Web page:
Harvesting Issues: Blueberry Harvesters Remain Challenge for Industry

Clint Thompson Berries, Florida, Top Posts

An inside view of an over-the-row mechanical blueberry harvester.

Two issues facing University of Florida (UF)/IFAS scientists regarding the future of blueberry production are machine harvesters and blueberry flavor. Patricio Munoz, UF blueberry breeder, spoke about both issues during the recent American Seed Trade Association webinar last week.

“The major issue that I see for us is the machines that we are using nowadays, they are not to the standards that we need them to be. That’s the issue. We’re still able to harvest. We can harvest our very best cultivars for firmness characteristics,” Munoz said. “However, we need the technology, the machine robotic technology to improve. That’s something we can now work on. We can work on improving the plants. Then we have other people that work on improving the machines. That’s what is needed nowadays.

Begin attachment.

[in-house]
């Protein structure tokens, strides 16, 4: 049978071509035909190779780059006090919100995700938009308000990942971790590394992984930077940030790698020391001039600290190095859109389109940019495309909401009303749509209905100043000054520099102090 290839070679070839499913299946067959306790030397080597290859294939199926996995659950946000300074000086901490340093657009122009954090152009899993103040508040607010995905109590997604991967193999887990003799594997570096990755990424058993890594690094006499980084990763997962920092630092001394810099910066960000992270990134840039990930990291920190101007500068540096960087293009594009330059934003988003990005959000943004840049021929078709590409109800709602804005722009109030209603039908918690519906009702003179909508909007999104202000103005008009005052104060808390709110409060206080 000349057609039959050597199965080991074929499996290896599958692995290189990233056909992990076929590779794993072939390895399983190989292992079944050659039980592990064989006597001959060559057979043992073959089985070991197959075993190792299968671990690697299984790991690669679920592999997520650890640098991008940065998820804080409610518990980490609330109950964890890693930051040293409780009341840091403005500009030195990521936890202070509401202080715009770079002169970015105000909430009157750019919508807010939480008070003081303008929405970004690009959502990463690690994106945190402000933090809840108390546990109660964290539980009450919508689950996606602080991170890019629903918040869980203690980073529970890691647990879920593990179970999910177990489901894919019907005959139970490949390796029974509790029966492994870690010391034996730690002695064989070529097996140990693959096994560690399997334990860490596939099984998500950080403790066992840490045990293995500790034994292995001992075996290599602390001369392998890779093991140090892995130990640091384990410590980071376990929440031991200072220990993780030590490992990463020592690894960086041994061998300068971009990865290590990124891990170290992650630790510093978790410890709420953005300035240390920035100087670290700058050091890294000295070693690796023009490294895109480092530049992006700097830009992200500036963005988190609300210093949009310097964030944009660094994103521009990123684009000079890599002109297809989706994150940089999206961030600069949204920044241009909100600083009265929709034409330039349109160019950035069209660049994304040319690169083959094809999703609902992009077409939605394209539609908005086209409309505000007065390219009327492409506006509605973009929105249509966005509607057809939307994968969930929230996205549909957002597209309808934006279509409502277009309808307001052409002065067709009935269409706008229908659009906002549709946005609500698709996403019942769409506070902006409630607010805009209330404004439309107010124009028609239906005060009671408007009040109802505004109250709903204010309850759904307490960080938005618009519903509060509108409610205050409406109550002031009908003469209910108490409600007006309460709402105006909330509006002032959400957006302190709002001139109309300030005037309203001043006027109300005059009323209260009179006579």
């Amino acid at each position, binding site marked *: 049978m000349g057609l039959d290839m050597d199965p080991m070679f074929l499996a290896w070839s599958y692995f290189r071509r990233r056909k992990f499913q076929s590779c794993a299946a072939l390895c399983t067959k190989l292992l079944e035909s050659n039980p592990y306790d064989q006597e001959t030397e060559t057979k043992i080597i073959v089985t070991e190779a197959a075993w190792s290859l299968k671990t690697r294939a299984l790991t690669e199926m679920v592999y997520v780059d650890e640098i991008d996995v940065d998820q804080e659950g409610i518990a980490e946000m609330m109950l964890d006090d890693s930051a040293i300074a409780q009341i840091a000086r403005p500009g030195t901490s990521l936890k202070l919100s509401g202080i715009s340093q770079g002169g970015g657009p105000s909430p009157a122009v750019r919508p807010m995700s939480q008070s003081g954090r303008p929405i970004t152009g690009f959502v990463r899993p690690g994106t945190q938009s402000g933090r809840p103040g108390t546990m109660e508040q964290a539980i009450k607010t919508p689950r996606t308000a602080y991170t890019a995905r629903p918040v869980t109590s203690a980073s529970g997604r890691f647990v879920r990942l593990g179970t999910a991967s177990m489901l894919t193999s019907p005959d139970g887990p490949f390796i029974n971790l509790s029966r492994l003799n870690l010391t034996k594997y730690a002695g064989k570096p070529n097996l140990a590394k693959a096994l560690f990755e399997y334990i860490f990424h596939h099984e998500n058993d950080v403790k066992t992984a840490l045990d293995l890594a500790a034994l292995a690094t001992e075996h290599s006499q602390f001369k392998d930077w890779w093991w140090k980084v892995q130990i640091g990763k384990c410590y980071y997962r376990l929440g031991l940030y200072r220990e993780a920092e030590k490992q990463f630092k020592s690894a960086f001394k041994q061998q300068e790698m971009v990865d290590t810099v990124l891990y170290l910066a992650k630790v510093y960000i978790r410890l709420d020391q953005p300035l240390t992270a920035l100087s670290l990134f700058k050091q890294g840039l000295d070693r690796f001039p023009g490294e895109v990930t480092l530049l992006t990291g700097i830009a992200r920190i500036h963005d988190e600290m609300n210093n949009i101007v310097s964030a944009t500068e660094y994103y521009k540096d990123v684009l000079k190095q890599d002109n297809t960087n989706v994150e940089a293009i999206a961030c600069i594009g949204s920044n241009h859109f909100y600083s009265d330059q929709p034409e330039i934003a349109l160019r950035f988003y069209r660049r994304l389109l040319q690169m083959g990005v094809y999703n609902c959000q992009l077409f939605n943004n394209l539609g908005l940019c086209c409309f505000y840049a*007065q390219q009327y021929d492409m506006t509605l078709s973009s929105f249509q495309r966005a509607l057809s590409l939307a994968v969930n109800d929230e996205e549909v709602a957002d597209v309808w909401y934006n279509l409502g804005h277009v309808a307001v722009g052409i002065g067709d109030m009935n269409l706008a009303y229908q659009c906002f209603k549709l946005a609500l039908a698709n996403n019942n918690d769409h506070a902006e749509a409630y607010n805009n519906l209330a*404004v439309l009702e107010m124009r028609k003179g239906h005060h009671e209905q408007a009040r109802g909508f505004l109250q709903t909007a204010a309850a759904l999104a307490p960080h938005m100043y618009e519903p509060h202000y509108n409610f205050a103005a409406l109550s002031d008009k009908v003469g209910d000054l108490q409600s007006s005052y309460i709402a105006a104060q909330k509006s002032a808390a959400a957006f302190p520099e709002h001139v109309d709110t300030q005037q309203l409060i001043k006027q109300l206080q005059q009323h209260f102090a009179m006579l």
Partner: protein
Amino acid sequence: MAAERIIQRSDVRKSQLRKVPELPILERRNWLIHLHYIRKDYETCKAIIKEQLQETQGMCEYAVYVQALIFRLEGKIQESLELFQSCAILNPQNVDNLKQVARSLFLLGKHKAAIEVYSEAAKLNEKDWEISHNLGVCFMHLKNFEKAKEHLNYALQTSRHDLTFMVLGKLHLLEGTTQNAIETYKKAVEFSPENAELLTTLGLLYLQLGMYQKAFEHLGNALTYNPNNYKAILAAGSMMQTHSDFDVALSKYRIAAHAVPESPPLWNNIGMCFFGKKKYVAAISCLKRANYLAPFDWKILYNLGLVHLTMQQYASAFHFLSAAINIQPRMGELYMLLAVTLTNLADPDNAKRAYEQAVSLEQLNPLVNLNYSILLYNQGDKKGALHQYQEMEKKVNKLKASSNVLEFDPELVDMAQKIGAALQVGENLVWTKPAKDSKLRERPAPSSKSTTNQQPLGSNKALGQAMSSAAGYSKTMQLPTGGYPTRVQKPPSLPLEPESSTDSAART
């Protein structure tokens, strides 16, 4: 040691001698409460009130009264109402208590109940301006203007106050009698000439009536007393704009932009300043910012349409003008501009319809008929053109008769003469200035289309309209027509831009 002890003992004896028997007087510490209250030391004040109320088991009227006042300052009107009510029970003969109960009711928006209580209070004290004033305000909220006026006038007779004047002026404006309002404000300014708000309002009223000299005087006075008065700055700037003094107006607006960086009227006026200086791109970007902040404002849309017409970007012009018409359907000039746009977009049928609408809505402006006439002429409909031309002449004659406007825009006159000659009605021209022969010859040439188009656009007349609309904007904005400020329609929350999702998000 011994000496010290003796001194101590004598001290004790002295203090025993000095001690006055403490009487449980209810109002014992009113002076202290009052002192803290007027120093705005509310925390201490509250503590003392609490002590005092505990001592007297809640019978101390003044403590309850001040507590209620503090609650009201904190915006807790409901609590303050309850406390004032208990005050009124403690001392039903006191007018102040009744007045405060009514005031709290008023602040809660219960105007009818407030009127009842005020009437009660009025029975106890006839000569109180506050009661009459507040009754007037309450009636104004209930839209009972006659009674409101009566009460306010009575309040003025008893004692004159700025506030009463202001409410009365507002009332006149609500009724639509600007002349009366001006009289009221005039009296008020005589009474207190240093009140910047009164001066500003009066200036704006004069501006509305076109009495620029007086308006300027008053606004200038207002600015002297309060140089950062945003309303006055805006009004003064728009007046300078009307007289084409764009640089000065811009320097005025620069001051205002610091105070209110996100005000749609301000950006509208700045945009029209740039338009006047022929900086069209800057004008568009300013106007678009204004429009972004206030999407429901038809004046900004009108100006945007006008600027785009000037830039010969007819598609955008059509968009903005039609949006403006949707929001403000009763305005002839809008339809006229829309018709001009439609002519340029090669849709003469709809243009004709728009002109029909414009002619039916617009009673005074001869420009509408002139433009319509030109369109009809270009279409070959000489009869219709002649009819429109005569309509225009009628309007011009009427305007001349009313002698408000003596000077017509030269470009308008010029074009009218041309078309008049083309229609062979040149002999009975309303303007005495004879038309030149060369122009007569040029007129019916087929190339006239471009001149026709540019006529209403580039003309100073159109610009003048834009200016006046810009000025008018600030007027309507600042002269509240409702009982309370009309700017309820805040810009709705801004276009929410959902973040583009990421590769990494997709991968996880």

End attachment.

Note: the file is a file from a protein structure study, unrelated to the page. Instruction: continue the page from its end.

“The second one is flavor and aroma; our capacity to select new flavors and aroma and I believe they’re going to be well accepted by your consumers.”

According to Jeff Williamson, UF Professor, hand harvesting is the greatest expense for Florida blueberry producers. The lack of labor availability can also limit harvest operations. Mechanical harvesters can also lead to reduced yields by fruit dropping on the ground during harvest or immature fruit being harvested. Fruit can also be bruised from the harvester.

Munoz said there are between 50 and 60 blueberry farms in the state. Florida is the earliest producer of blueberries in the country every year.